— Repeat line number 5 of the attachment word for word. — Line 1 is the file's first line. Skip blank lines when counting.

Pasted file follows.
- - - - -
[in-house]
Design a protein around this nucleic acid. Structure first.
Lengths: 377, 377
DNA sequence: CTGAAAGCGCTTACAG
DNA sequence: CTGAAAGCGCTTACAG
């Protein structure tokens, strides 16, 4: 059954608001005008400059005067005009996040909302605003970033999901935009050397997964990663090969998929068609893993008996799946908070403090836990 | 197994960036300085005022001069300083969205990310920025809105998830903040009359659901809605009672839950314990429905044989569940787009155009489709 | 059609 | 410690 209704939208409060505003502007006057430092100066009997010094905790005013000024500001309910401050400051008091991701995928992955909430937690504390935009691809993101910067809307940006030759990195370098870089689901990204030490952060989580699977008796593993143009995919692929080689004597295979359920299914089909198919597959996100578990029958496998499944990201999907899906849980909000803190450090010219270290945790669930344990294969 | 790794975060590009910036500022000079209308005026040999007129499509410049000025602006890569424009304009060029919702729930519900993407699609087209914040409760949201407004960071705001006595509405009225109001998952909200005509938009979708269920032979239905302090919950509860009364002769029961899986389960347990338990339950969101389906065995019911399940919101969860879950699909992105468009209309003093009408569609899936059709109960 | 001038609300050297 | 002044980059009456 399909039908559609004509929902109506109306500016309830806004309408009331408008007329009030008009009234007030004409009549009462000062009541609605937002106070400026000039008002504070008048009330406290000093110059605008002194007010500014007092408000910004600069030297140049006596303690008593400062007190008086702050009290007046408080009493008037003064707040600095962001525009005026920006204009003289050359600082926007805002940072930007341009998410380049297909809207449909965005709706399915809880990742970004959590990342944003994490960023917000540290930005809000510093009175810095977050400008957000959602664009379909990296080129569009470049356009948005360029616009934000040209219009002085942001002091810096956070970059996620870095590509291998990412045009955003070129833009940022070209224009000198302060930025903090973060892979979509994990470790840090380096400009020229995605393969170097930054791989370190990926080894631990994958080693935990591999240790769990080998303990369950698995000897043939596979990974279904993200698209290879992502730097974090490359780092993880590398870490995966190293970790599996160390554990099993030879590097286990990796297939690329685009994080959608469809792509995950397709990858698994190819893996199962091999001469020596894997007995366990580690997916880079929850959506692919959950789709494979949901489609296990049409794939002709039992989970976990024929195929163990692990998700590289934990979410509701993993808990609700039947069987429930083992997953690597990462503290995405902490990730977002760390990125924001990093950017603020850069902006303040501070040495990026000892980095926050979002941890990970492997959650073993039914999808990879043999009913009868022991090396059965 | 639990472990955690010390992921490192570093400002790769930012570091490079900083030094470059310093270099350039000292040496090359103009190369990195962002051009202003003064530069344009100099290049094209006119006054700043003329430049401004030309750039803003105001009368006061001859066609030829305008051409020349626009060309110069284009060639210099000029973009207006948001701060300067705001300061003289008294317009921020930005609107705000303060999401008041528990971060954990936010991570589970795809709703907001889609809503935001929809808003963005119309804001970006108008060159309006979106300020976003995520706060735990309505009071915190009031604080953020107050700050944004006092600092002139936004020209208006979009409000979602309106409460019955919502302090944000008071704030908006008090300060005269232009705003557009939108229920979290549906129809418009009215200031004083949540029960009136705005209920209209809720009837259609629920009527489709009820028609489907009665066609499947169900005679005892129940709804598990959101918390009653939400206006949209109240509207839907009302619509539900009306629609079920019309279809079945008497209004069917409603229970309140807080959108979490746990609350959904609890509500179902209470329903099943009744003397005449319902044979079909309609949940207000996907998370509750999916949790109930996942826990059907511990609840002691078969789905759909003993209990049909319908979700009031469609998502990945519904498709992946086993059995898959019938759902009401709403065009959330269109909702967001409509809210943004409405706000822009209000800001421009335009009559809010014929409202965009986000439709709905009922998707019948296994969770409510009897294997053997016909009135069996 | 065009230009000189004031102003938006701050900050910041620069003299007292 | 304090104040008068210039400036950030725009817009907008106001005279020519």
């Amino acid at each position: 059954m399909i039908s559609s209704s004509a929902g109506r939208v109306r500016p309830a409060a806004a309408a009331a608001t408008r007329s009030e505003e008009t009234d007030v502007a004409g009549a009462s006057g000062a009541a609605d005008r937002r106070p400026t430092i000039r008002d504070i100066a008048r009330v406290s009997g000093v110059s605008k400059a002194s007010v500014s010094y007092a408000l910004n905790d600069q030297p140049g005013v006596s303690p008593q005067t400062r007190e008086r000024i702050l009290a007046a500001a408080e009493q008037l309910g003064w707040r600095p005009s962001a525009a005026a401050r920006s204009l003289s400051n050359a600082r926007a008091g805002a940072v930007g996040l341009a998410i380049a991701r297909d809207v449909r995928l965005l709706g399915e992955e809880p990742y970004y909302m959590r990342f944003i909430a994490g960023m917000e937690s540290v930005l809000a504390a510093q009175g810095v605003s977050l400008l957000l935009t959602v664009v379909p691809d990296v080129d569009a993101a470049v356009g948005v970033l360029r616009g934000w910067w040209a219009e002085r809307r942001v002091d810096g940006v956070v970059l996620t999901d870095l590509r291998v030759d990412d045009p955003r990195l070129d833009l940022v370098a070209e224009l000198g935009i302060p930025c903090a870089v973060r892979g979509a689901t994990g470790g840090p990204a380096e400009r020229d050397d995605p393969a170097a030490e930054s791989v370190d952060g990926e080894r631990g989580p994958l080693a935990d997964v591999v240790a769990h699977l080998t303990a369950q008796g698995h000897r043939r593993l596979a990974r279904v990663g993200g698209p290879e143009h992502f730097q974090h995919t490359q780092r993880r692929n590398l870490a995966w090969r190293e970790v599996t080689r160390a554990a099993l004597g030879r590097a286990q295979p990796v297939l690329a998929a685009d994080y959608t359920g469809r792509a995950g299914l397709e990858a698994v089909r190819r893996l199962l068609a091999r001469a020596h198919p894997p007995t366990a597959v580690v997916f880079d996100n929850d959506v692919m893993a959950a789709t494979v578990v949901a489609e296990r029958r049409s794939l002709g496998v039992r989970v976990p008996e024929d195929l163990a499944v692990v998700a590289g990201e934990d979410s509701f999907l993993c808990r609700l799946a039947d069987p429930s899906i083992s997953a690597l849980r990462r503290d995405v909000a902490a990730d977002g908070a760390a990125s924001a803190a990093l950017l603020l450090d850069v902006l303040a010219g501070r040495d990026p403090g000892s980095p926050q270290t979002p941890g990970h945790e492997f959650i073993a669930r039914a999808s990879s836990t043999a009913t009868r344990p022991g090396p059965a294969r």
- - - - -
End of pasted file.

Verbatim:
DNA sequence: CTGAAAGCGCTTACAG